“Betty White is trending because people are saying they wish she would have been in #WAP instead of Kylie Jenner. lmaooo,” Yashar Ali tweeted Friday.

The notion is especially side splitting since Jenner, 22, is shown sexily walking down a hallway in a bodysuit that shows off her assets. Still, fans would prefer that 98-year-old White, who played the sweet but air-headed Rose Nylund in “Golden Girls,” be featured in “WAP” which stands for “Wet a– p—y.”

“WAP,” which was released Thursday along with the uber sexy music video, had already racked up over 12 million views Friday afternoon.

“Just imagine the conversation that Betty White’s social media manager has to have with her today about ‘wet a– p—y,’” tweeted Imani Gandy. “Omg please reshoot this video with a Betty White cameo. You know she’d f—ing do it.”

Another Twitter user echoed the demand, tweeting “Okay, now I NEED to see Betty White in that #WAP video. Time for a reshoot,” along with photoshopped image of White in the same hallway Jenner walks down.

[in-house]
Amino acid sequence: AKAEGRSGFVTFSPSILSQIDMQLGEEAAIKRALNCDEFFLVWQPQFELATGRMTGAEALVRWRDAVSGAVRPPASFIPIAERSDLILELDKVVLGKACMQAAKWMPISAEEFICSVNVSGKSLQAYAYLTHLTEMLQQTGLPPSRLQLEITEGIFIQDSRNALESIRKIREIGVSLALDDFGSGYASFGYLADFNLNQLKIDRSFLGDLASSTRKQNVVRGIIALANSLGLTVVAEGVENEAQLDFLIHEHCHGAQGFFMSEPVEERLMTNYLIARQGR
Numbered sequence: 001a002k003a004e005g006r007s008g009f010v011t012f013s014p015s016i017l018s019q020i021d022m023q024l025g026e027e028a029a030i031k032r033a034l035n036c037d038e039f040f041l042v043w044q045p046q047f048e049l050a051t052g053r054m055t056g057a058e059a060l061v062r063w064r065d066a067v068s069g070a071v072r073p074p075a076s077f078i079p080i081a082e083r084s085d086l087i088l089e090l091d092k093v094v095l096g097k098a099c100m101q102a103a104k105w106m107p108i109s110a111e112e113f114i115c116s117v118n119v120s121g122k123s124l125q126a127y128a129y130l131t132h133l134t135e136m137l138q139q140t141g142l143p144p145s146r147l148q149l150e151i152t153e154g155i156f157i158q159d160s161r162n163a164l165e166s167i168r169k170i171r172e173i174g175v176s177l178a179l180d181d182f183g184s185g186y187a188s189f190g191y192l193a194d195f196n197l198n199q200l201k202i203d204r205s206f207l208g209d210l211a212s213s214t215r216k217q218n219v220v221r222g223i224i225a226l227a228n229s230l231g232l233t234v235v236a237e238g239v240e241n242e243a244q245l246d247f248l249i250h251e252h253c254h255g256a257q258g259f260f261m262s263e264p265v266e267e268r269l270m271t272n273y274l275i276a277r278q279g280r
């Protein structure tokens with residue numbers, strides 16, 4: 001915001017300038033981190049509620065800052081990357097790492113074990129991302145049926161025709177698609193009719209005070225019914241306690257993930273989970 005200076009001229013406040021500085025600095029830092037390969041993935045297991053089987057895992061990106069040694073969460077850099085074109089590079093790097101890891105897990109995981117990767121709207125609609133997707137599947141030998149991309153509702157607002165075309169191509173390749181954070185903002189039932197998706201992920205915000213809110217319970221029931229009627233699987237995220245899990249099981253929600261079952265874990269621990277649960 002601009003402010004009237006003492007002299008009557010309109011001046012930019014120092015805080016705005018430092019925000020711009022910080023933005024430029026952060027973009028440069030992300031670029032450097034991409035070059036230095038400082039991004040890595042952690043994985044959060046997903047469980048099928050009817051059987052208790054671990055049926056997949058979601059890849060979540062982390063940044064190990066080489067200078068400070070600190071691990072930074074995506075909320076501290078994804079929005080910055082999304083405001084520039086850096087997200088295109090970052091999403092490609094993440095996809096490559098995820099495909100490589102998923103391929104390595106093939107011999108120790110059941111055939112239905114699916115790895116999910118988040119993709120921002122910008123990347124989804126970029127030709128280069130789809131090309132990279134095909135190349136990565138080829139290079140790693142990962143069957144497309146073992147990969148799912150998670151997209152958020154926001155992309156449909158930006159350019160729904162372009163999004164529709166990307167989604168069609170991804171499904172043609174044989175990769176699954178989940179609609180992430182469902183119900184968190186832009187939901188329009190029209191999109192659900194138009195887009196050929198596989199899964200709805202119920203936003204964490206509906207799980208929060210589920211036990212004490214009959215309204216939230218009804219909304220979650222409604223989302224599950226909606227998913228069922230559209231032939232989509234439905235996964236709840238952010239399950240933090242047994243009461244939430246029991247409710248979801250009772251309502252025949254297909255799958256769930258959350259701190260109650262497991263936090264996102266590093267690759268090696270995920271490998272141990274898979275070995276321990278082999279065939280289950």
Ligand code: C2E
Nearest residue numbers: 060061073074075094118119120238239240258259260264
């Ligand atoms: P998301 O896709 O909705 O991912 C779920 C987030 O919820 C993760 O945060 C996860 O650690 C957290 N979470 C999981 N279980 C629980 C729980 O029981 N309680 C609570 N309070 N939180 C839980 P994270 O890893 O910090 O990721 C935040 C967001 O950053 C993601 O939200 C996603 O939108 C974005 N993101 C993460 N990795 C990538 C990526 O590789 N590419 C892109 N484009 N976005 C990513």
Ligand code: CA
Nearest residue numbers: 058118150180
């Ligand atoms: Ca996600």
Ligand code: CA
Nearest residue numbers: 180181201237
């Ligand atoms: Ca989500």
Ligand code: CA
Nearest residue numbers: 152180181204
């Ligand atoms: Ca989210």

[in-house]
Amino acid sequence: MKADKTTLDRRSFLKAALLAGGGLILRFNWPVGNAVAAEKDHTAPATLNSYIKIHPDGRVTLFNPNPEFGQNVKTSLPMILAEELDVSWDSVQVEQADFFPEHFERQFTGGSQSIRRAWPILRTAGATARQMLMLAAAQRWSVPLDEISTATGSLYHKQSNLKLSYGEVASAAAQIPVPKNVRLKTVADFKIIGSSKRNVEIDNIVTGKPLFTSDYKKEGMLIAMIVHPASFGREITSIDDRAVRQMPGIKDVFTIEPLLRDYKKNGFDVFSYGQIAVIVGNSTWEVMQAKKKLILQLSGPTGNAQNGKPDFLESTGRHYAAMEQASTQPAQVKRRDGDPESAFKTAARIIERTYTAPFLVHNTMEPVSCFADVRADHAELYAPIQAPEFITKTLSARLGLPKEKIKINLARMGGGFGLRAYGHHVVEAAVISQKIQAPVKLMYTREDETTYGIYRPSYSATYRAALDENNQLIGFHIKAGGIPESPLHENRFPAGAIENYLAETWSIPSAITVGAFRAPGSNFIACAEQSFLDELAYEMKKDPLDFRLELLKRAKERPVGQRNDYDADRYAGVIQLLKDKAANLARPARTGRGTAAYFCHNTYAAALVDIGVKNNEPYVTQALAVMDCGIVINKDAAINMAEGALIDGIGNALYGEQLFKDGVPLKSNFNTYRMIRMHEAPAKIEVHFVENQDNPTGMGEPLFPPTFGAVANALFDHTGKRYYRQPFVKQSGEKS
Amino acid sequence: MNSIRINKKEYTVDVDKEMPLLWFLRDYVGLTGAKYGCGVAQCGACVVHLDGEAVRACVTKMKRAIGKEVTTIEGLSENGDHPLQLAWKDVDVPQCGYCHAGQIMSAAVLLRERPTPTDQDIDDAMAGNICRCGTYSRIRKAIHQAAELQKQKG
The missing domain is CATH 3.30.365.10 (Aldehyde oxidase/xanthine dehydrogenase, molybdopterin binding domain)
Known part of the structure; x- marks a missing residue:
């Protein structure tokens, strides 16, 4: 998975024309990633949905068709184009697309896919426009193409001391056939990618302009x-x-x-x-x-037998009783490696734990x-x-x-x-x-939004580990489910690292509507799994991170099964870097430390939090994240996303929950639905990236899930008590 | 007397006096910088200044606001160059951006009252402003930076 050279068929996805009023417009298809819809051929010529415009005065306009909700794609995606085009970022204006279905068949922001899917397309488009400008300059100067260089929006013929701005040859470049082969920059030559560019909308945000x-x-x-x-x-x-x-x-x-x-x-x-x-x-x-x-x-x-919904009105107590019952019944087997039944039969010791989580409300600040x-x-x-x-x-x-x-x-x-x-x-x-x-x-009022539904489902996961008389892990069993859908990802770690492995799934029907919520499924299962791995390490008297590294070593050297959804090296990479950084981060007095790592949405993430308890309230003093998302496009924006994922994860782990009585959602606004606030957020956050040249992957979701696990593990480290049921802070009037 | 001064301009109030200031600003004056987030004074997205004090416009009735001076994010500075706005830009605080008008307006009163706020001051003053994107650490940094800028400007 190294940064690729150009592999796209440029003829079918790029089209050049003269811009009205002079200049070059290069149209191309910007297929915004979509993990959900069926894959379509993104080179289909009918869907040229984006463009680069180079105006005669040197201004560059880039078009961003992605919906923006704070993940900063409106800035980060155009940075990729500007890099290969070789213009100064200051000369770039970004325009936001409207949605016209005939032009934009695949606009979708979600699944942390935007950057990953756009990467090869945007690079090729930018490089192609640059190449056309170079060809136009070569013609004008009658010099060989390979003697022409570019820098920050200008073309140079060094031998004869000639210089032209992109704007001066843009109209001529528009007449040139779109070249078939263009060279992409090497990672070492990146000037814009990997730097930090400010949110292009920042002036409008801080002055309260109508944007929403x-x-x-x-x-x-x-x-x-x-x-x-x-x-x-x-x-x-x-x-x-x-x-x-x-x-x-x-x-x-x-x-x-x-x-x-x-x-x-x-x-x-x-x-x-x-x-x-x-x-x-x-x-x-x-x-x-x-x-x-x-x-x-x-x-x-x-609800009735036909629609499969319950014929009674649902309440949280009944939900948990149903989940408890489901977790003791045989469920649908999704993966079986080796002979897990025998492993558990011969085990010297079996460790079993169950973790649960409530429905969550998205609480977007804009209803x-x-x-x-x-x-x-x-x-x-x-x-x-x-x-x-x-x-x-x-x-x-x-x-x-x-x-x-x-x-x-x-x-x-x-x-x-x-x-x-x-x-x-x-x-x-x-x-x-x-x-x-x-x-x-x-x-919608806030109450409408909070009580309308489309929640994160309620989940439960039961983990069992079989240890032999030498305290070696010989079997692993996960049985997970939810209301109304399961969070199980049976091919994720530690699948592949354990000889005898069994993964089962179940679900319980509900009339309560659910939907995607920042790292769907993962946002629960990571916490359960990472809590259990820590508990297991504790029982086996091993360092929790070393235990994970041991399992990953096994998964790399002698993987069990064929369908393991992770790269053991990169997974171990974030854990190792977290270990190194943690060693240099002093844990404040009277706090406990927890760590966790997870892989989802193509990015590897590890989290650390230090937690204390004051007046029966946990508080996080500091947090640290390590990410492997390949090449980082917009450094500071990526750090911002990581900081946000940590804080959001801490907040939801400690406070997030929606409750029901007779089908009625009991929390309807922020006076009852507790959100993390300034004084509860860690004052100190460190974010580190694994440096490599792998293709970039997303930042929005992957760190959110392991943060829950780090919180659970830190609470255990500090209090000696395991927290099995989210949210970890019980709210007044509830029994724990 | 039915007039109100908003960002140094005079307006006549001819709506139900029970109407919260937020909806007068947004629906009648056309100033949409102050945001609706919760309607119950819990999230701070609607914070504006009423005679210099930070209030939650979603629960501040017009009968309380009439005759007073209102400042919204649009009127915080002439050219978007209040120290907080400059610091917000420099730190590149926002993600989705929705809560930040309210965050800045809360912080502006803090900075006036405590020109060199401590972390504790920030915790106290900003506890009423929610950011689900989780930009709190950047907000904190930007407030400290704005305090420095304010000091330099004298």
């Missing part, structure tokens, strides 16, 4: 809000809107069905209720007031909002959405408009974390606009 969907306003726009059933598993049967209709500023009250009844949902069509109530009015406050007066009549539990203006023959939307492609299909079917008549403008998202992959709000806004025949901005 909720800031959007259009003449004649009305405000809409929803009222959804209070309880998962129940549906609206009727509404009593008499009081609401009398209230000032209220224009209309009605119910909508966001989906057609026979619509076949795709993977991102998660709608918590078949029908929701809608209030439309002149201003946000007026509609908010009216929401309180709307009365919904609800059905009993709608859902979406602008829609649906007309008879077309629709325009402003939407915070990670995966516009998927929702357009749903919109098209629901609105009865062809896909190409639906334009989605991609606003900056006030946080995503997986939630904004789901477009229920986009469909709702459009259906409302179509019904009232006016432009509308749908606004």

Another widely shared GIF shows the septuagenarian shimmying her breasts in a pink chiffon dress, an apt image for what she may have done in the rap music video.

But not everyone was happy to see the spunky grandma trending. Many thought the sudden news meant she had died.

“Y’all have GOT to stop trending Betty White’s name during a PANDEMIC,” one worried user tweeted.

Another chimed in writing, “I hate you people making Betty White trend, I nearly thought she was dead. Y’all suck, though she is a true immortal.”


Source: nypost.com

Continue Reading

Entertainment

Tribeca Film Festival sets 2021 return after coronavirus delay

Published

on

By


Tribeca Film Festival sets 2021 return after coronavirus delay

After it was forced to scrub this year’s edition due to the coronavirus pandemic, the Tribeca Film Festival has announced it will return in 2021. Next year’s festival will run from June 9 to 20 in New York City.